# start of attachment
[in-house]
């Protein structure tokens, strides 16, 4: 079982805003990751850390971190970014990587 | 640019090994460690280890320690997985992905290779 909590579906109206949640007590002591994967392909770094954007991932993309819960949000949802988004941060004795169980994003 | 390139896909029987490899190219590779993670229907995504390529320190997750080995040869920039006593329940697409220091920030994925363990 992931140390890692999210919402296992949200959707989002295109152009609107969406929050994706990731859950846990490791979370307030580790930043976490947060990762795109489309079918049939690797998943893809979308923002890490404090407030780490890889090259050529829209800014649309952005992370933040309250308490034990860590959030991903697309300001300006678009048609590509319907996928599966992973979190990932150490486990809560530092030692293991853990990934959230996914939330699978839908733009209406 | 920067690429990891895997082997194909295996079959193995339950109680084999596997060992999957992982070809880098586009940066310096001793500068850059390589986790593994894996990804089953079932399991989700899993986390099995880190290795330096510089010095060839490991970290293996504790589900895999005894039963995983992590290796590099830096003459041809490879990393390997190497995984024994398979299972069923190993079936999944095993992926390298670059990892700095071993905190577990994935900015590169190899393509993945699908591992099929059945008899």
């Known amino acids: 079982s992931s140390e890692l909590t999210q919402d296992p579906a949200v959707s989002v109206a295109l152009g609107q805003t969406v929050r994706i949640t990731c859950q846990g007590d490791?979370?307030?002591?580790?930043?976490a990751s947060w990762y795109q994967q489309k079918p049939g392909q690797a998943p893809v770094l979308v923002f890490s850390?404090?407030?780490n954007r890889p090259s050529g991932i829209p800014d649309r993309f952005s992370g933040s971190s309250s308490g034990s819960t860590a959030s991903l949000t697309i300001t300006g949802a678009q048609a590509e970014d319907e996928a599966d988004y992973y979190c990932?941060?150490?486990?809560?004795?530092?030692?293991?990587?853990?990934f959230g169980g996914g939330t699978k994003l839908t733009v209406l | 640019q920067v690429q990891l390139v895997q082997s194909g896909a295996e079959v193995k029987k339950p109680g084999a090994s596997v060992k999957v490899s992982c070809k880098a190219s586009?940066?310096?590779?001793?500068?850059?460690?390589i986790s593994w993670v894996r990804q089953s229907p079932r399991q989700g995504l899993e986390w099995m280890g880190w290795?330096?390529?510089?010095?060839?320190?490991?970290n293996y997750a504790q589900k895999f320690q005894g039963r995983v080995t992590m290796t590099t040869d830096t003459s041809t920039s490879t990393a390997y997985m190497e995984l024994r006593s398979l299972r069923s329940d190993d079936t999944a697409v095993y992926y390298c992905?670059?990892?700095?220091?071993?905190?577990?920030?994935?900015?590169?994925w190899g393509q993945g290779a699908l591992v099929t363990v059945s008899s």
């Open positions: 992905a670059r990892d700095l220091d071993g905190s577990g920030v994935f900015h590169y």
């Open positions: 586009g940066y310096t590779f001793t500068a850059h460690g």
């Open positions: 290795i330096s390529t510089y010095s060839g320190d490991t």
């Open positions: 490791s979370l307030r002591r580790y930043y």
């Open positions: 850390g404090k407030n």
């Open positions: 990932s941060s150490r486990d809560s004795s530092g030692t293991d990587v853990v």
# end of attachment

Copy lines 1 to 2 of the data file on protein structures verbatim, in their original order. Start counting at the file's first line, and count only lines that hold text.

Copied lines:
[in-house]
């Protein structure tokens, strides 16, 4: 079982805003990751850390971190970014990587 | 640019090994460690280890320690997985992905290779 909590579906109206949640007590002591994967392909770094954007991932993309819960949000949802988004941060004795169980994003 | 390139896909029987490899190219590779993670229907995504390529320190997750080995040869920039006593329940697409220091920030994925363990 992931140390890692999210919402296992949200959707989002295109152009609107969406929050994706990731859950846990490791979370307030580790930043976490947060990762795109489309079918049939690797998943893809979308923002890490404090407030780490890889090259050529829209800014649309952005992370933040309250308490034990860590959030991903697309300001300006678009048609590509319907996928599966992973979190990932150490486990809560530092030692293991853990990934959230996914939330699978839908733009209406 | 920067690429990891895997082997194909295996079959193995339950109680084999596997060992999957992982070809880098586009940066310096001793500068850059390589986790593994894996990804089953079932399991989700899993986390099995880190290795330096510089010095060839490991970290293996504790589900895999005894039963995983992590290796590099830096003459041809490879990393390997190497995984024994398979299972069923190993079936999944095993992926390298670059990892700095071993905190577990994935900015590169190899393509993945699908591992099929059945008899």